But of course, any conversation about how far he moved the ball downfield has to come alongside our memory of the disastrous fumbles (football talk comes easily with Nixon--that's how he and Hunter S. Thompson forged their unlikely working relationship). I agree with you that Watergate is poorly served by this book. It's perplexing--the drama most of us link to Nixon is strangely fragmented here, and the gripping second half of the Watergate story is entirely missing (the last date described in detail is April 30, 1973, and all you have to do is read the epilogue to see how much Reeves leaves out).

Yet Reeves is brilliant at rendering the paranoia that led to Watergate, and on countless occasions he conveys the breathtaking duplicity that never lay very far below the surface. The Pentagon spied on presidential phone calls; Nixon and Kissinger wiretapped federal employees to find out who was leaking to the press; everyone feared J. Edgar Hoover; and from the inaugural on, a spider's web of deceit expanded outward from the Oval Office and its insecure occupant. The Quakers call their spiritual essence "the inner light." I think we need a darker phrase to convey whatever was inside of this guy.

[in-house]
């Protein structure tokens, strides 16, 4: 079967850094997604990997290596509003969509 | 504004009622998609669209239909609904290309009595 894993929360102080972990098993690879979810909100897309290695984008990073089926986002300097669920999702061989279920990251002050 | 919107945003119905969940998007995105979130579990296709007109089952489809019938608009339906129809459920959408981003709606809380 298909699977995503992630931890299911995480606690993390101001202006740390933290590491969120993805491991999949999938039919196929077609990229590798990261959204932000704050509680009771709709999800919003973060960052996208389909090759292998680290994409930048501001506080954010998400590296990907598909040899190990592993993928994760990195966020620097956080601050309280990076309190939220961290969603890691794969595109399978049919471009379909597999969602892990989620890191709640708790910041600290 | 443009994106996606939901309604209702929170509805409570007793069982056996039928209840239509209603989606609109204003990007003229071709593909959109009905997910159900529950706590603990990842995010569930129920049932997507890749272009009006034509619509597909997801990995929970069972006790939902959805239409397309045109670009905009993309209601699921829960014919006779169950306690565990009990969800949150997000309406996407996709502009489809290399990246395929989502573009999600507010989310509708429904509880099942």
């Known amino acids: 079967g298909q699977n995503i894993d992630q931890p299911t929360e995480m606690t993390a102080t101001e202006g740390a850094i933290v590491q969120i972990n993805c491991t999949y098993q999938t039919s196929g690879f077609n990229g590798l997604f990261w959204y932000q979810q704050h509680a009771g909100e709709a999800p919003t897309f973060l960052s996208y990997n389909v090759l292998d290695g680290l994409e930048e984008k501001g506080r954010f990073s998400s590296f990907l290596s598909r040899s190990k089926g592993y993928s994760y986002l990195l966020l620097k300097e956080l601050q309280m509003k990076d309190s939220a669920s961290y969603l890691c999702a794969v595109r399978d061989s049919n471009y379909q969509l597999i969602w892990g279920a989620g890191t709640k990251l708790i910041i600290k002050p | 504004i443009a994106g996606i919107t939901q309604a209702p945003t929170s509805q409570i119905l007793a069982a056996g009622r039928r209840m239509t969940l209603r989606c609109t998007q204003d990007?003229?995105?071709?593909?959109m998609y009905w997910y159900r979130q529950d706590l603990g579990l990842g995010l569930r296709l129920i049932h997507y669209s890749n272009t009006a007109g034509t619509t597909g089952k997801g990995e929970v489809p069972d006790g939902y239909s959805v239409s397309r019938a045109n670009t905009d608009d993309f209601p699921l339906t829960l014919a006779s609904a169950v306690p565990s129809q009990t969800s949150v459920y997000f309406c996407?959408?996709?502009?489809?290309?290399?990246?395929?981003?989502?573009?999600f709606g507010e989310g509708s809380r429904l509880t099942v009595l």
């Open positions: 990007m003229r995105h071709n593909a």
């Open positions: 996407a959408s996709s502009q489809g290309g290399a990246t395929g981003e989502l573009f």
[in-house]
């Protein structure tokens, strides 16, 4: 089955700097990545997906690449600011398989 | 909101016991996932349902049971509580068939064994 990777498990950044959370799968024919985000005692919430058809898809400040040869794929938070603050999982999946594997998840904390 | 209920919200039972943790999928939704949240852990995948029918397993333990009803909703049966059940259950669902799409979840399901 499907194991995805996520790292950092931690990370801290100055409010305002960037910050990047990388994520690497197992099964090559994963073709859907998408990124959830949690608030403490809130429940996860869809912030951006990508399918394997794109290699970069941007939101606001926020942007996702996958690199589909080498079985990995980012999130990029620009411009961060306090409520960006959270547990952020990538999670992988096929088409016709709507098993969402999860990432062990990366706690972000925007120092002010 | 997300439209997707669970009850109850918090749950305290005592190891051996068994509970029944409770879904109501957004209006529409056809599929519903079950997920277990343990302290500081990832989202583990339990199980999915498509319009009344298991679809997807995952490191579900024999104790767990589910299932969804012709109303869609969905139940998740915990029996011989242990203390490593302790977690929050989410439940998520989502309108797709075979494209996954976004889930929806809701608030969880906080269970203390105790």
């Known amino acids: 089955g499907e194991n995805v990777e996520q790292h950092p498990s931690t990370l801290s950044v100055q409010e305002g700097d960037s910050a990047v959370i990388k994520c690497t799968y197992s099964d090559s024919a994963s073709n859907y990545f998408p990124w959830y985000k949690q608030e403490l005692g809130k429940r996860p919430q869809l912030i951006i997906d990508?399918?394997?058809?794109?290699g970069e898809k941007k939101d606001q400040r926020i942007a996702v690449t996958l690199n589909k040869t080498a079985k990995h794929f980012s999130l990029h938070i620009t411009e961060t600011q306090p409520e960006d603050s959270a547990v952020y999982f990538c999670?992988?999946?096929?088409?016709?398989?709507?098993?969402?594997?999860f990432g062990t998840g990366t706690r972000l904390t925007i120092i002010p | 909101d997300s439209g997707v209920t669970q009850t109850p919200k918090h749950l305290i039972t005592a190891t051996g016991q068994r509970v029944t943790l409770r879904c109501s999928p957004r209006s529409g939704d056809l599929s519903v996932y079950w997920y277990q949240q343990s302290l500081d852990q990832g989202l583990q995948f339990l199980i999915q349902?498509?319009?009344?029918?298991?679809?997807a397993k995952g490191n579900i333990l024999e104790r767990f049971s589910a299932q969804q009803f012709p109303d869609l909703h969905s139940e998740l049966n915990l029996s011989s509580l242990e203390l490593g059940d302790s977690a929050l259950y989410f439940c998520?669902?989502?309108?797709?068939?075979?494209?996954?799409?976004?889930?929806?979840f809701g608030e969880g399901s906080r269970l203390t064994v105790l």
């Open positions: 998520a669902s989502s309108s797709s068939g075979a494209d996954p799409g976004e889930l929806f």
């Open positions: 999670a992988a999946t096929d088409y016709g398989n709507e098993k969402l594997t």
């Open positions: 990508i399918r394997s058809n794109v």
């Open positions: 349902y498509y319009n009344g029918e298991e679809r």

You capture perfectly the sad madness of Nixon's search for companionship the night of the Kent State press conference (your Don Quixote comparison is inspired). A passage I found powerful (there are many) came near the end. Nixon fires Haldeman and Ehrlichman at Camp David, returns to the White House, shoves an FBI agent investigating Haldeman's office, then takes a call from Haldeman and tells him, "Goddammit, and I love you." Just as I read that, Karen Carpenter started her eerily malevolent interpretation of "Ticket to Ride," and I assure you, there was not a dry eye in the house.

I want to answer more of your questions and pose a few of my own, including what you think of Reeves' style and bias. Better left for next time. I'll sign out, but let me make this perfectly clear: Richard Reeves has written a major Nixon book.



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This week, Slate's Book Club investigates Richard Reeves' new biography of Richard Nixon. (Click here for more on our format, here to learn how you can write for the Book Club, and here to buy the book.)